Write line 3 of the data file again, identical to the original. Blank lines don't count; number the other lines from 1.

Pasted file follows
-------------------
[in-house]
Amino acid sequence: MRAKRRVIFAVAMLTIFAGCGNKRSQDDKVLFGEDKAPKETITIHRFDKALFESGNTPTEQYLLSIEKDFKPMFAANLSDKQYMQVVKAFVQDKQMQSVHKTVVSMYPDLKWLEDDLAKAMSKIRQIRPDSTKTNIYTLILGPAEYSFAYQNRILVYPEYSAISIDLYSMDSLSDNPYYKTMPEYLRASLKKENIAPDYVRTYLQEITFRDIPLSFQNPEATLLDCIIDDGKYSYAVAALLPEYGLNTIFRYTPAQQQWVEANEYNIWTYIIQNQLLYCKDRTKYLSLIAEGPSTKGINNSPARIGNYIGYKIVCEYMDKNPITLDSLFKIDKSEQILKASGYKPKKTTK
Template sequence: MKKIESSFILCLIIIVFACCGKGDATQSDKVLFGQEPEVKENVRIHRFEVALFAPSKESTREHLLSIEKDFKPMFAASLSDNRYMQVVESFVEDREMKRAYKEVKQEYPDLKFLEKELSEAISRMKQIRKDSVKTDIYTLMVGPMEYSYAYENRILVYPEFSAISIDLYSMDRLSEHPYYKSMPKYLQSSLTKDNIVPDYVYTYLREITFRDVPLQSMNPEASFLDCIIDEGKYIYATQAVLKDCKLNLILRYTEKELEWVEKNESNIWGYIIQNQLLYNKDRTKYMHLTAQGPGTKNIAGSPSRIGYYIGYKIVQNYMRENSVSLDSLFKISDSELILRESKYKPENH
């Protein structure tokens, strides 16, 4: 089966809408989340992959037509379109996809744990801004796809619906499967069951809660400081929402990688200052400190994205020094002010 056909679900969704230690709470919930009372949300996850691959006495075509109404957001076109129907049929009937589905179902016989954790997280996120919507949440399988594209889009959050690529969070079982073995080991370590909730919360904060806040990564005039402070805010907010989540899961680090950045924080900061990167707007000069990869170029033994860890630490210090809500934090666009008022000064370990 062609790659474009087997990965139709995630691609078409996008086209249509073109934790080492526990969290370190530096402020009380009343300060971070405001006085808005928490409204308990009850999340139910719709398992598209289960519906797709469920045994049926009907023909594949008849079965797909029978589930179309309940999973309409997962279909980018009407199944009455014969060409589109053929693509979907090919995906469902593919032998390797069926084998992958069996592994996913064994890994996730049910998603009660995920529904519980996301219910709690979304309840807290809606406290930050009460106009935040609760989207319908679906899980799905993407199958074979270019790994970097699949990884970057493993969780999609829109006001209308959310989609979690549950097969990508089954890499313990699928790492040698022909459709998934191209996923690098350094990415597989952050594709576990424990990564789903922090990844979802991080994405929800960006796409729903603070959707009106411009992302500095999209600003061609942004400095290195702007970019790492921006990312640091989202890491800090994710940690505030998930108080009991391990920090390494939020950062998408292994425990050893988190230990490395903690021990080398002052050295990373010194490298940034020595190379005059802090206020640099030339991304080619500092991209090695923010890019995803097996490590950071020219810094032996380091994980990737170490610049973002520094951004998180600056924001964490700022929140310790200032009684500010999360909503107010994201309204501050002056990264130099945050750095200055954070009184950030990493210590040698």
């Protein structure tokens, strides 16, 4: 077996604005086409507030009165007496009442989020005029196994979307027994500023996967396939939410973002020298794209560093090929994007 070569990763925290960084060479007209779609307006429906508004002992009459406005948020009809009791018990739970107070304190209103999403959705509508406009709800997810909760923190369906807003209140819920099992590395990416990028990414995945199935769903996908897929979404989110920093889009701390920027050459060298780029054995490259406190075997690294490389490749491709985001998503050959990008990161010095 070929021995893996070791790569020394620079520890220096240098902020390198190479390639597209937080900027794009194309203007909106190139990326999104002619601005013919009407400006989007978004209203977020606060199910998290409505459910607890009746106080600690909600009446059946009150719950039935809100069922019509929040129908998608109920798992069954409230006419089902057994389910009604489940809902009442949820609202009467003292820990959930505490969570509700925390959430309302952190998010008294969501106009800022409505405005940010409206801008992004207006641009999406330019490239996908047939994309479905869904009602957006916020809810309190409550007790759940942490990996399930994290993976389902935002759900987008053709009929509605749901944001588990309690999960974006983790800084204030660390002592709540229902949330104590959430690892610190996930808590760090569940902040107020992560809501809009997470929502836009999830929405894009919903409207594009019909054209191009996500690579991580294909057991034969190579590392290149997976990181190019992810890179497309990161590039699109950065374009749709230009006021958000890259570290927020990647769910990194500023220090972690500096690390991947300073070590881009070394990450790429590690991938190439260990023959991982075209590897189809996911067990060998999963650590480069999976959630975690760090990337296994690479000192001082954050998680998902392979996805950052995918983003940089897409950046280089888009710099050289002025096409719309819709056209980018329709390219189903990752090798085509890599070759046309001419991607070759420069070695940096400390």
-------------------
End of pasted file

Template sequence: MKKIESSFILCLIIIVFACCGKGDATQSDKVLFGQEPEVKENVRIHRFEVALFAPSKESTREHLLSIEKDFKPMFAASLSDNRYMQVVESFVEDREMKRAYKEVKQEYPDLKFLEKELSEAISRMKQIRKDSVKTDIYTLMVGPMEYSYAYENRILVYPEFSAISIDLYSMDRLSEHPYYKSMPKYLQSSLTKDNIVPDYVYTYLREITFRDVPLQSMNPEASFLDCIIDEGKYIYATQAVLKDCKLNLILRYTEKELEWVEKNESNIWGYIIQNQLLYNKDRTKYMHLTAQGPGTKNIAGSPSRIGYYIGYKIVQNYMRENSVSLDSLFKISDSELILRESKYKPENH